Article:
How common is male breast cancer?

Written by: Dr Shiroma De Silva-Minor
Published: | Updated: 08/06/2023
Edited by: Conor Lynch

Top Doctors recently had the pleasure of speaking with revered consultant breast oncologist, Dr Shiroma De Silva-Minor. In this article below, Dr Silva-Minor walks us though some of the most common risk factors associated with male breast cancer.



How common is male breast cancer?

Male breast cancer is rare. Less than one per cent of all breast cancer affects men. In the UK, less than 400 cases a year are diagnosed.


What are some of the most common risk factors?

Like all cancers, male breast cancer is more common with advancing age, with the peak incidence being in the 60s. Genetic factors and obesity are the other common risk factors.


What is the prognosis of male breast cancer?

Prognosis is similar to breast cancer in women, but male breast cancer is often diagnosed at a later stage simply due to the fact that it is rarer.


What does the diagnostic process involve?

A diagnosis of male breast cancer will be made after taking a careful medical history and thorough examination. Following this, the patient will undergo imaging and then a biopsy. A mammogram, MRI, and ultrasound scan will all be carried out. 


How is male breast cancer treated? Does it differ from female breast cancer treatment?

Treatments are strikingly similar to female breast cancer treatments. When we talk about surgery, a mastectomy will be performed. Adjuvant chemotherapy, radiotherapy, and endocrine therapy are all also effective treatment options for patients, but it largely depends on the stage of the breast cancer.


If you are worried about potentially being diagnosed with male breast cancer, ensure that you book an appointment with esteemed consultant breast oncologist Dr Shiroma De Silva-Minor today by heading on over to her Top Doctors profile

By Dr Shiroma De Silva-Minor
Medical oncology

Dr Shiroma De Silva-Minor is an accomplished and experienced consultant breast oncologist who specialises in breast cancer (both male and female), breast screening, chemotherapy, radiotherapy, immunotherapy, intraoperative radiation therapy, inflammatory breast cancers, HER2 positive disease, triple-negative breast cancers and breast cancer in pregnancy.

Dr De Silva-Minor oversees the entire (non-surgical) breast cancer pathway so she can advise on all aspects of treatment, including genetic counselling and testing, systemic (chemo) therapy, radiotherapy, and lifestyle factors in optimising health and minimising disease recurrence. Dr De Silva-Minor is currently practising privately, at the London-based Cromwell Hospital, as well as at GenesisCare Oxford, The Ridgeway Hospital in Swindon, and as an NHS Consultant at the Oxford University Hospitals NHS Foundation Trust, Oxford.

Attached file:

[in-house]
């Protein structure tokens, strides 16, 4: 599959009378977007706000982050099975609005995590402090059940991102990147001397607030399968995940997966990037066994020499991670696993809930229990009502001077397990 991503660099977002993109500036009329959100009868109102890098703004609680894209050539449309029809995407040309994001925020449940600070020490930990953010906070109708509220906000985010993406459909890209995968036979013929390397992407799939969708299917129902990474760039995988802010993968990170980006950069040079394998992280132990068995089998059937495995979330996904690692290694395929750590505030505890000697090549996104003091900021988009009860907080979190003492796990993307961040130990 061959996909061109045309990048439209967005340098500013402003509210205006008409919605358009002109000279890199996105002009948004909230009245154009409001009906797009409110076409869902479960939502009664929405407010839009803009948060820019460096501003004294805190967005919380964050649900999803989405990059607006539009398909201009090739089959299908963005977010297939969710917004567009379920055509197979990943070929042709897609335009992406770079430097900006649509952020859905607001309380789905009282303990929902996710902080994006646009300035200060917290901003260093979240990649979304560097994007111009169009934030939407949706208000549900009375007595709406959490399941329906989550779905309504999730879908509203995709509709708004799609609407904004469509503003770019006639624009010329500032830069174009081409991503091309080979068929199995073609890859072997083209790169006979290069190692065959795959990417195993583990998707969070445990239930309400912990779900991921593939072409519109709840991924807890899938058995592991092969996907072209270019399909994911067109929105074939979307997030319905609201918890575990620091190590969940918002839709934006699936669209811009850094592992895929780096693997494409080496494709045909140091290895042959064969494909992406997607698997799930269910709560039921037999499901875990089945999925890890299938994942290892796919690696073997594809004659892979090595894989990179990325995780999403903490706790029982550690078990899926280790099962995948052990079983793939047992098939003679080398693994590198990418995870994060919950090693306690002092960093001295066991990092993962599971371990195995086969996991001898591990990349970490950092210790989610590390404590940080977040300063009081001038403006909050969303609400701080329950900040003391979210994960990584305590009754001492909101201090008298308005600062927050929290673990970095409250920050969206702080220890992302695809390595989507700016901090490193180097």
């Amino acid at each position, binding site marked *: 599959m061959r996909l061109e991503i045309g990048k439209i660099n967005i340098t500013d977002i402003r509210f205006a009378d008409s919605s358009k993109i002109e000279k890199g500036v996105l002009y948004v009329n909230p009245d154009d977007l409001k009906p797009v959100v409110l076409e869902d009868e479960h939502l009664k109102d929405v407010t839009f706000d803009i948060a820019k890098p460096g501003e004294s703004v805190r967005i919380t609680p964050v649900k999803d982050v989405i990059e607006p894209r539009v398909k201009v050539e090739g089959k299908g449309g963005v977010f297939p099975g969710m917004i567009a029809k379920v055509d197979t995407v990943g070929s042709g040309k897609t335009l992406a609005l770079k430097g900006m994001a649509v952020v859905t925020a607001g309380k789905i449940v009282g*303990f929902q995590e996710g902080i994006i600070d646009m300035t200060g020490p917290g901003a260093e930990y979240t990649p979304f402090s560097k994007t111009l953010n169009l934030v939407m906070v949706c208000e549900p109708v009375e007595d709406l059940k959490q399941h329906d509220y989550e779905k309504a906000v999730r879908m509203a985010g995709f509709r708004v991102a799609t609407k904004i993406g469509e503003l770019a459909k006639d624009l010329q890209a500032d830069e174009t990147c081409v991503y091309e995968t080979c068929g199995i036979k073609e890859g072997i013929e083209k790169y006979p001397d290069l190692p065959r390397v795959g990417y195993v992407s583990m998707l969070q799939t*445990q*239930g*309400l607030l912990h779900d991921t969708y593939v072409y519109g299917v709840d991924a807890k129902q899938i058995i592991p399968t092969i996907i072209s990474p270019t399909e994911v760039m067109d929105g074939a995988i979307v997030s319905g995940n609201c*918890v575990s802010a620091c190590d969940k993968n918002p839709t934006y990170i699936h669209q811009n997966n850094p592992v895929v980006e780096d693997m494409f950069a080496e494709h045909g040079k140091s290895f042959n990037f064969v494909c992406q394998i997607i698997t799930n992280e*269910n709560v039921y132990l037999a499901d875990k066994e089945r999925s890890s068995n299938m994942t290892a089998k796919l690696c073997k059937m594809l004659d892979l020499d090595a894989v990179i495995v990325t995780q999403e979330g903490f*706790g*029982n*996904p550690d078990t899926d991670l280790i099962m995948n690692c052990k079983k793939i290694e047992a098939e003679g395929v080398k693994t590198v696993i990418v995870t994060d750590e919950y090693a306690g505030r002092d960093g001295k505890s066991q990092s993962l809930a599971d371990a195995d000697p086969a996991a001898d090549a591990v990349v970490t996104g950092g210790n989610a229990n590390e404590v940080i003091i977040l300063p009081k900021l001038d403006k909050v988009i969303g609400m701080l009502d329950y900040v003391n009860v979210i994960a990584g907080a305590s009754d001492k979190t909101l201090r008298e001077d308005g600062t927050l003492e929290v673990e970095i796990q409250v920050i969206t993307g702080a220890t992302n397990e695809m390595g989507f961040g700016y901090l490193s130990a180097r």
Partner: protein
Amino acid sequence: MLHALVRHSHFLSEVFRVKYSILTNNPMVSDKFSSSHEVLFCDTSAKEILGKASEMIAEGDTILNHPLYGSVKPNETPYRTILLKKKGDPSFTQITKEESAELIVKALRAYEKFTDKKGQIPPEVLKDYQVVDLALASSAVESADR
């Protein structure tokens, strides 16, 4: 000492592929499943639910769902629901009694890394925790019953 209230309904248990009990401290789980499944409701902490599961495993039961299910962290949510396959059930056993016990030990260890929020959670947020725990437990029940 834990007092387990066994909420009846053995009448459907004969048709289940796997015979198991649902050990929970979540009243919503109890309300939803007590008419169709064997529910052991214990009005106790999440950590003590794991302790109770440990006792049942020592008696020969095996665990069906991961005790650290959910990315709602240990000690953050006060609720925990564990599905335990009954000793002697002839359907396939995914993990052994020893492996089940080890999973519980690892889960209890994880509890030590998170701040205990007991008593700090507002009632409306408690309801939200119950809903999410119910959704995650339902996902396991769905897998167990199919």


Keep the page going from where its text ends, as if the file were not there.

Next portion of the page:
Dr De Silva-Minor, whose clinical expertise is in the treatment of early and recurrent breast cancer, notably obtained her first medical qualification in 1995, with her medical doctorate from the prestigious Cardiff-based University of Wales College of Medicine. In 1999, Dr De Silva-Minor was awarded the membership of the Royal College of Physicians (UK). Dr De Silva-Minor pursued her specialist oncology training at several centres of oncological excellence in London, including The Middlesex Hospital, The Royal Free Hospital, as well as The Royal Marsden Hospital, amongst others.

In 2003, Dr De Silva-Minor was awarded the fellowship of the Royal College of Radiologists and was also recognised as a clinical oncology specialist on the General Medical Council's register in 2007. Dr De Silva-Minor has been a consultant oncologist since 2007 and was appointed as a substantive consultant oncologist by the Oxford University Hospitals NHS Foundation Trust in 2008.

Dr De Silva-Minor has published extensively in peer-reviewed journals. During a fellowship in head and neck radiation oncology at The Princess Margaret Hospital in Toronto, Canada, Dr De Silva-Minor was awarded the Prize for Academic Excellence by the Princess Margaret Hospital and the University of Toronto for her research into the use of PETCT scans (Positron Emission Tomography) when identifying head and neck tumours for treatment with radiotherapy. Dr De Silva-Minor is a member of the breast cancer expert panel for the National Institute of Health and Clinical Excellence (NICE), updating clinical guidelines on breast cancer management.

Dr De Silva-Minor is also collaborating on a metanalysis with the Early Breast Cancer Trialists' Collaborative Group (EBCTCG) to bring together the research on radiotherapy clinical trials to better understand how to optimally treat breast cancer patients with radiotherapy. Dr De Silva-Minor is a member of the Advisory Board on Cancer in Pregnancy (ABCIP), an international panel of experts in managing breast cancer in pregnancy. Dr De Silva-Minor is a passionate advocate for empowering her patients to be involved in their management decisions. Treatment is completely bespoke to individual patients, their specific tumour subtype, taking into consideration the individual's beliefs, wishes and personal circumstances.

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